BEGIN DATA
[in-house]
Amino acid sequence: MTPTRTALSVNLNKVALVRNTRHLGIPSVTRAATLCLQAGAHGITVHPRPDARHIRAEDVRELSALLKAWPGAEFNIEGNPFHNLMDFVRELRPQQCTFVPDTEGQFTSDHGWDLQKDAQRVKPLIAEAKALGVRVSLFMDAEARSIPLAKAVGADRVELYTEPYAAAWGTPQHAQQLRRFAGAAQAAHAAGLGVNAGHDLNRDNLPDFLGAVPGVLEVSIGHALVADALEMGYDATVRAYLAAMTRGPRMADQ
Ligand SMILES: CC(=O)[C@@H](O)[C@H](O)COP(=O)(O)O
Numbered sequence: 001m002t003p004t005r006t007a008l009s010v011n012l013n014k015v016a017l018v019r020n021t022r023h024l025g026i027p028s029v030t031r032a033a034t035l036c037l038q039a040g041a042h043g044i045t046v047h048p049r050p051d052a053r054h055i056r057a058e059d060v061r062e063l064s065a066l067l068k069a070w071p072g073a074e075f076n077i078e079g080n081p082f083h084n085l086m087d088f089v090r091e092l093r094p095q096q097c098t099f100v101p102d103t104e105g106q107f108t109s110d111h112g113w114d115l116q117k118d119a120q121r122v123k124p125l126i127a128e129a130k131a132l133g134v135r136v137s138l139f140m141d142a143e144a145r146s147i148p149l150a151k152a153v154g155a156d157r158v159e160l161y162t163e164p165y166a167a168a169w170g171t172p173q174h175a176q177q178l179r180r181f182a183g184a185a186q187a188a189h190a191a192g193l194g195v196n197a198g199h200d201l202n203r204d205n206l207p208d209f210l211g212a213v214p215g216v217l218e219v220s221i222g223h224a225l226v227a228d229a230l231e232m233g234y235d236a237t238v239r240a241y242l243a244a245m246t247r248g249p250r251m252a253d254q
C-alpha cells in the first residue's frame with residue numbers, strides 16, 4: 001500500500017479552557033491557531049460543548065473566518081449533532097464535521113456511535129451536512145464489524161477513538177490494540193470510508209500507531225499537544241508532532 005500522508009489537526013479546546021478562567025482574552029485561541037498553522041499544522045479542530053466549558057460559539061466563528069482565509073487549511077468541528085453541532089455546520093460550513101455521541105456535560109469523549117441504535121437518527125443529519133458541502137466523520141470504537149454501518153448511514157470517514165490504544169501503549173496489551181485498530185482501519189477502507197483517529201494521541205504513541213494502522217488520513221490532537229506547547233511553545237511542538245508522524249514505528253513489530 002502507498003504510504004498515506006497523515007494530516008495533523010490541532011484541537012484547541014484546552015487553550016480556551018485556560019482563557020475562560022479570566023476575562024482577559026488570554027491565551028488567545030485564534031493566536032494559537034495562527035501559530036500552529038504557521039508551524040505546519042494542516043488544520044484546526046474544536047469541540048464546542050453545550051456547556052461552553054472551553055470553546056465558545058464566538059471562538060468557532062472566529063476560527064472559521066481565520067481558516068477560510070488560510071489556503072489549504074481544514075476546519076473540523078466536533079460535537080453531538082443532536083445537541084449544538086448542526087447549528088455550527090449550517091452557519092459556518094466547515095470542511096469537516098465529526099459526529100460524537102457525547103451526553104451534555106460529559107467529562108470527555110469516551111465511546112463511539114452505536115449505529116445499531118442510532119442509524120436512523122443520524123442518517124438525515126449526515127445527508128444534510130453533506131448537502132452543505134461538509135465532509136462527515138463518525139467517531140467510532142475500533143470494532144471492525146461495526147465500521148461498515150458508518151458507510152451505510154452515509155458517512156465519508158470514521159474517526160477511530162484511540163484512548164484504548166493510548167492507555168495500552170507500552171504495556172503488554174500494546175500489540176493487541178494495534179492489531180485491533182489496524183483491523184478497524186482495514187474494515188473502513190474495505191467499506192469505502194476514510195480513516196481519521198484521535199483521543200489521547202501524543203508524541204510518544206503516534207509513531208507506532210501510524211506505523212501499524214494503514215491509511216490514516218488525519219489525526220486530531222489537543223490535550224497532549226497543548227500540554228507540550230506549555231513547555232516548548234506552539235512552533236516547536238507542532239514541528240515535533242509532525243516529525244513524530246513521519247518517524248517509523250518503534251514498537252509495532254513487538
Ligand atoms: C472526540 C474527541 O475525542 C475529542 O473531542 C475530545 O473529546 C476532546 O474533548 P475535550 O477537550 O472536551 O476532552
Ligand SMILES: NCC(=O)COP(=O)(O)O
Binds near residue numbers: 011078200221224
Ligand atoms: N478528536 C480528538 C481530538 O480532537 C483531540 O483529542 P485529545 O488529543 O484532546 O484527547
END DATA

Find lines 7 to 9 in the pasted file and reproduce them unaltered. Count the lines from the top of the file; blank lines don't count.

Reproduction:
Ligand SMILES: NCC(=O)COP(=O)(O)O
Binds near residue numbers: 011078200221224
Ligand atoms: N478528536 C480528538 C481530538 O480532537 C483531540 O483529542 P485529545 O488529543 O484532546 O484527547